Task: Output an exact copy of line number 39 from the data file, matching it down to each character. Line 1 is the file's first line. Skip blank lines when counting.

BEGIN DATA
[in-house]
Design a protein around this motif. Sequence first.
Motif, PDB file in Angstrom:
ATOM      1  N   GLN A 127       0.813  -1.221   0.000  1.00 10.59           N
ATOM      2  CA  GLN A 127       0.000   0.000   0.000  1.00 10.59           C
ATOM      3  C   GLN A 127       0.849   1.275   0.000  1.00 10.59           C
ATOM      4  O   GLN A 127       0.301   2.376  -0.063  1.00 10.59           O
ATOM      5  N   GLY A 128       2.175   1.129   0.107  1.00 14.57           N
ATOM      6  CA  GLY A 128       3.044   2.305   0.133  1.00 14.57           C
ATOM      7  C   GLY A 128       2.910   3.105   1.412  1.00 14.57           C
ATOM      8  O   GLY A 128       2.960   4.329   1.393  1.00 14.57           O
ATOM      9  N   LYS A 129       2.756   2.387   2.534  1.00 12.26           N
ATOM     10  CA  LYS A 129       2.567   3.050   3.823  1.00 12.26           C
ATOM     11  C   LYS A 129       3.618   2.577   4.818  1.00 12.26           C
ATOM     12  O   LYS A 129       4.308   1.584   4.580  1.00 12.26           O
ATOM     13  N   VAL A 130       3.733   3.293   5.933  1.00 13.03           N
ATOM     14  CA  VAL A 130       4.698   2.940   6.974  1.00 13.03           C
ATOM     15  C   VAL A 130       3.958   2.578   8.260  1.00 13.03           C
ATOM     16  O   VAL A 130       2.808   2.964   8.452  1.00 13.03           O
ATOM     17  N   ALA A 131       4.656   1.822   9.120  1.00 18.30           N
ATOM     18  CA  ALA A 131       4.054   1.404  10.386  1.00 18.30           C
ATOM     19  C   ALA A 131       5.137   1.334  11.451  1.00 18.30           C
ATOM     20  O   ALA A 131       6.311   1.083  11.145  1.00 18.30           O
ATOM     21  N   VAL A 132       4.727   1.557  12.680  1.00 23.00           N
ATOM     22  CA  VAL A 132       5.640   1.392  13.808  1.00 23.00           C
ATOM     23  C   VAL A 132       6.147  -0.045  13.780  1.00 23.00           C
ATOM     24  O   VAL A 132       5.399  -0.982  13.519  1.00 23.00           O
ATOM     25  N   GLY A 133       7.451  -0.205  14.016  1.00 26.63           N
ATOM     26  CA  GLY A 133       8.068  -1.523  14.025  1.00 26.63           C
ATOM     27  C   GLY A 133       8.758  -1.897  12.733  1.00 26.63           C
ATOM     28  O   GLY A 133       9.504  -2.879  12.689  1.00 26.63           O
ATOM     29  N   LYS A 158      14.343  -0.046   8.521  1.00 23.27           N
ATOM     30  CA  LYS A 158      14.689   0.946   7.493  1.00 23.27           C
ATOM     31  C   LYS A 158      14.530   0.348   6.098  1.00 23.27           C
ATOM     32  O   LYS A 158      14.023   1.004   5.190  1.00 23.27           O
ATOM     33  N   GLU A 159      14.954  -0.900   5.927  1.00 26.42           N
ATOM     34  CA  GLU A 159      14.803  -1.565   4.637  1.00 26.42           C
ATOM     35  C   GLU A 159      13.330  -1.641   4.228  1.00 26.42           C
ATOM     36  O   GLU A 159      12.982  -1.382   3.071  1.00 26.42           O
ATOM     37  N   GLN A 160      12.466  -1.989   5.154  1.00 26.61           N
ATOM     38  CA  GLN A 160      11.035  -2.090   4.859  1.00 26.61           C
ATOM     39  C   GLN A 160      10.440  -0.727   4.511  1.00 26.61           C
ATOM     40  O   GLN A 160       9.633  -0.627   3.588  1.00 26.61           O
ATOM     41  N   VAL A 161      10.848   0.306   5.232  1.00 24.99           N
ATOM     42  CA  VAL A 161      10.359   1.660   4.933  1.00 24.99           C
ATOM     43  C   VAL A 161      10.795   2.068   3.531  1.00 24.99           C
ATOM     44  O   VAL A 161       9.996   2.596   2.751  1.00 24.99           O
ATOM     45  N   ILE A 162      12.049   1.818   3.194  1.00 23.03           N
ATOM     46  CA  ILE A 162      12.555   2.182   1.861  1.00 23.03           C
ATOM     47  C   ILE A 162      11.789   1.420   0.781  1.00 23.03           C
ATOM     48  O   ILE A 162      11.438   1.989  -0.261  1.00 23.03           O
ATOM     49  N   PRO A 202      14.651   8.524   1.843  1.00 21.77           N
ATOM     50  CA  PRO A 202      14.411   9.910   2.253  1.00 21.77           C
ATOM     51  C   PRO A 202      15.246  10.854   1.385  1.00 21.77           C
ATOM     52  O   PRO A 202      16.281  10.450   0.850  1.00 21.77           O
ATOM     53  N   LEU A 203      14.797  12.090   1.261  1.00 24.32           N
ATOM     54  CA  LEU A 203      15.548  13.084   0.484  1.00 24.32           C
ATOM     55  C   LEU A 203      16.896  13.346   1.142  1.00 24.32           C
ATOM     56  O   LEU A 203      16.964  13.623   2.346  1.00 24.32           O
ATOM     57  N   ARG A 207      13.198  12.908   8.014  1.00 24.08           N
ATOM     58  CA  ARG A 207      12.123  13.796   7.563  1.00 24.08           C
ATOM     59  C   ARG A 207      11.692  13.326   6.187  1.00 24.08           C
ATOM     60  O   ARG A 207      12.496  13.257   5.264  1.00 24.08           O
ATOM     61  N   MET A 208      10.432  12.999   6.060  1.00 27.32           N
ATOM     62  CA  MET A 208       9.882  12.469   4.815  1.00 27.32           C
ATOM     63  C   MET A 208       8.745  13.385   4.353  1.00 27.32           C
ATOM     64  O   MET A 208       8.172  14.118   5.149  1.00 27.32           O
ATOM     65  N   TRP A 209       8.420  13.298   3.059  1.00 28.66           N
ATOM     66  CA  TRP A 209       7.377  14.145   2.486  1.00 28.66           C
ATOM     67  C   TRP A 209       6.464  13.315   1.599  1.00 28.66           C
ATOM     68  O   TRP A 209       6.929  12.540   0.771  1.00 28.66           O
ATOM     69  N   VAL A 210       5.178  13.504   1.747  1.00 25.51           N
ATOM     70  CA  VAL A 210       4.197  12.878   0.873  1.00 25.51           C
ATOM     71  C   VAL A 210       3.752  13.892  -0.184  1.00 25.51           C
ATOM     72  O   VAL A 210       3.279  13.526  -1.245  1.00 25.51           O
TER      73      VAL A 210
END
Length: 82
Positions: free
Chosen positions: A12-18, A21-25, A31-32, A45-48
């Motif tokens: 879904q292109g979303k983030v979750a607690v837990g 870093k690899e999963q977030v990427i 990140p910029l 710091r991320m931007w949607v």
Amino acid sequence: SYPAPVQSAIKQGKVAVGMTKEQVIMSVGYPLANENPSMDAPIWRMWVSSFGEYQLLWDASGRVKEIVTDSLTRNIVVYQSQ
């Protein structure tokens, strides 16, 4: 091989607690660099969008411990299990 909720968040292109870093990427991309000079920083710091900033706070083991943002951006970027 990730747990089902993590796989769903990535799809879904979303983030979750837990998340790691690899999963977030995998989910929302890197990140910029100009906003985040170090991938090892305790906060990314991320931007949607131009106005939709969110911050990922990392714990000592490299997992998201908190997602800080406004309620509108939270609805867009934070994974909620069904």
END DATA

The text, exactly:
ATOM     36  O   GLU A 159      12.982  -1.382   3.071  1.00 26.42           O